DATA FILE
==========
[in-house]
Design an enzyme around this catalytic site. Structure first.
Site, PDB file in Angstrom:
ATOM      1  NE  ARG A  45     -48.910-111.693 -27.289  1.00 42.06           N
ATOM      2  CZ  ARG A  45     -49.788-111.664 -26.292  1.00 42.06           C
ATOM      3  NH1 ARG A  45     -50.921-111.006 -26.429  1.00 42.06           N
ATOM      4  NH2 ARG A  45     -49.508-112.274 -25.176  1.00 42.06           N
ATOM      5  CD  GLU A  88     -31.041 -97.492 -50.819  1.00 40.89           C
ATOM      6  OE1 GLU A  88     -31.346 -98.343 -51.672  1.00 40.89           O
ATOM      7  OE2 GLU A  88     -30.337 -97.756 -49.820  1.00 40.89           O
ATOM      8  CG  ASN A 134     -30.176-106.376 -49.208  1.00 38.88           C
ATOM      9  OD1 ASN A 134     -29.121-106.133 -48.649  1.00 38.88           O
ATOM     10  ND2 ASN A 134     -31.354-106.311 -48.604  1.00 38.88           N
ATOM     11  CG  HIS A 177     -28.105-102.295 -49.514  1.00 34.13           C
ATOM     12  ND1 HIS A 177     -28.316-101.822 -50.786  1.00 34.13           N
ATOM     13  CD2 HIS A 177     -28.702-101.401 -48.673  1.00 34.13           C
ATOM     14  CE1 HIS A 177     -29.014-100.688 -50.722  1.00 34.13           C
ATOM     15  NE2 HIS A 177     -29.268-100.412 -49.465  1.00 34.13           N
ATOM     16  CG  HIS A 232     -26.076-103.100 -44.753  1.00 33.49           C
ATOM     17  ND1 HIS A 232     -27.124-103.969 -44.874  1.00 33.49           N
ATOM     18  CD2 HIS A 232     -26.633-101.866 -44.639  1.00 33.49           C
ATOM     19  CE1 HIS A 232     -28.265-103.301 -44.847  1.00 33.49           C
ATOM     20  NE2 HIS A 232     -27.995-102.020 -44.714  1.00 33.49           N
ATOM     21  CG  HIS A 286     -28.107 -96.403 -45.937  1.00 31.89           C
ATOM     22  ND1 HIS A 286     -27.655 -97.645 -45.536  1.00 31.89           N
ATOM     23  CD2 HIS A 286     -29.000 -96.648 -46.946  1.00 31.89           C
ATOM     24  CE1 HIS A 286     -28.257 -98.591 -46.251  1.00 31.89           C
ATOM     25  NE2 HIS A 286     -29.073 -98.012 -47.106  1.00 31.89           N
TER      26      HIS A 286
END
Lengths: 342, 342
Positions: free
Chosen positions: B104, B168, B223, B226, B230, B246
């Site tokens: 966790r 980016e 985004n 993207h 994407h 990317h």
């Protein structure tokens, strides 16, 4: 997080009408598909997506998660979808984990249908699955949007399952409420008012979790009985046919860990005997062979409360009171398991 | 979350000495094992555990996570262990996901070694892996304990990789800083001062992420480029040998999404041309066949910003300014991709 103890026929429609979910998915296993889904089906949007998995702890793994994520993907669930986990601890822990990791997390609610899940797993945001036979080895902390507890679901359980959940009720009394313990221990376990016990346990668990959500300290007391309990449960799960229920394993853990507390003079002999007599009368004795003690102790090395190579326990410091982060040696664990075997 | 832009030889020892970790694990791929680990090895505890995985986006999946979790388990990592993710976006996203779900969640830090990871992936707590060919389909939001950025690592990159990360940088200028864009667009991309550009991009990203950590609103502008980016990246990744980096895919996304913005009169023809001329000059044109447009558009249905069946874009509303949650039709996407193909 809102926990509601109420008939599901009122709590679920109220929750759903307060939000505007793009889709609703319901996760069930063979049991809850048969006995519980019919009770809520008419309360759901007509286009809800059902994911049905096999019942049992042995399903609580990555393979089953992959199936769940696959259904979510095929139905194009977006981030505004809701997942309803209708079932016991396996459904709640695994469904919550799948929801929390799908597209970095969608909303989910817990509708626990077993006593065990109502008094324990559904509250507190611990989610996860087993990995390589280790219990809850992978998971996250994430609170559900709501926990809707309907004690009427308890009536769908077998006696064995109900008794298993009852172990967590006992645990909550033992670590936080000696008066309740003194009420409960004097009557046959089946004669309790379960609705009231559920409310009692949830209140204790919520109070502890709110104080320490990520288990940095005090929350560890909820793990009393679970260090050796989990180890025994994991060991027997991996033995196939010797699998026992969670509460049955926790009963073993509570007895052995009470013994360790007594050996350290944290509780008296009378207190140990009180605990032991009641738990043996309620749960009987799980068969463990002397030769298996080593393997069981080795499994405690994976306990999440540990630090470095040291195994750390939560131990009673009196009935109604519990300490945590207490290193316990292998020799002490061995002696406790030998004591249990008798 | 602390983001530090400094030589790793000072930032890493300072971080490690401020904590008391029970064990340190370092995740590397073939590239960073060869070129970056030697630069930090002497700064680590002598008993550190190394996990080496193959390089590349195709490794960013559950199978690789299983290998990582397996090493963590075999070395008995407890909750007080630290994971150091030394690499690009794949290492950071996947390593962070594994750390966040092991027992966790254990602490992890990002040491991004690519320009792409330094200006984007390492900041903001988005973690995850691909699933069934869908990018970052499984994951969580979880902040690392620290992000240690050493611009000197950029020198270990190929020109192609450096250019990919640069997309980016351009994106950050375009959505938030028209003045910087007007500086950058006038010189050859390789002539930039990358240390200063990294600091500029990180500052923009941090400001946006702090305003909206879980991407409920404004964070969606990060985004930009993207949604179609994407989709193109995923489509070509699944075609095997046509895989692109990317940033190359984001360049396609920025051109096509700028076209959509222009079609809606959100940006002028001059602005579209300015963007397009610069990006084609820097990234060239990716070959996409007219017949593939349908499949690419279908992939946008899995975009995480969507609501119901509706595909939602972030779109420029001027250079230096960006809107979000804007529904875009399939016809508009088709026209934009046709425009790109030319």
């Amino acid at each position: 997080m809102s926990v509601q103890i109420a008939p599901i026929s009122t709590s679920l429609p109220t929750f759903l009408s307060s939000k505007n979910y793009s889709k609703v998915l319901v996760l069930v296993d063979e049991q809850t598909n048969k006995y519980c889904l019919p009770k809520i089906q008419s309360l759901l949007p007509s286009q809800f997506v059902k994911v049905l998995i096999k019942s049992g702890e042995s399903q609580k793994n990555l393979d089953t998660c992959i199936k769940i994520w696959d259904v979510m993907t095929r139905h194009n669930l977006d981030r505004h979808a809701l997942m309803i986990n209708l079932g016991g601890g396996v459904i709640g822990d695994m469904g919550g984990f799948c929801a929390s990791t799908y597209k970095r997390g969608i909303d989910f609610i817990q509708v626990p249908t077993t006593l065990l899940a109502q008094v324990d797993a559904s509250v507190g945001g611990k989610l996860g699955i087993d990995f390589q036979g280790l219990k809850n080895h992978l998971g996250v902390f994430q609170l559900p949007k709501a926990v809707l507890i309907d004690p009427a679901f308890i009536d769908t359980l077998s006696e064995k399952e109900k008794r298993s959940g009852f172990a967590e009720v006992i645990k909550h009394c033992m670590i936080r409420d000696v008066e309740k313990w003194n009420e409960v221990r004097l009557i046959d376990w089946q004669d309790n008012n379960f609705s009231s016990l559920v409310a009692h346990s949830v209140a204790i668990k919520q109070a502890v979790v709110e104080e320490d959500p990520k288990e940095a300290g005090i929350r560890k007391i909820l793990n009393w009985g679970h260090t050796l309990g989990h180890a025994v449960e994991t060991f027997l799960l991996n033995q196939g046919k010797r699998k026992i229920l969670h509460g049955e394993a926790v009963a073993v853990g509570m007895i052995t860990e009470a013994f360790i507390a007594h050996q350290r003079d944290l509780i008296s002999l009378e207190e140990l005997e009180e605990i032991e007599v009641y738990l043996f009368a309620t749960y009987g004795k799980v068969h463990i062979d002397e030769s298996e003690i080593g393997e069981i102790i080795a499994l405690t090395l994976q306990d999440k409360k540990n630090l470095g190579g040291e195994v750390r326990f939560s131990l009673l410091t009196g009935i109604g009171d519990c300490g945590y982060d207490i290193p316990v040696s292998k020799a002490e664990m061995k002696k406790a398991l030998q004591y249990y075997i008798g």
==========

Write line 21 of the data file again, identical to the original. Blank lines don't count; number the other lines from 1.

ATOM     18  CD2 HIS A 232     -26.633-101.866 -44.639  1.00 33.49           C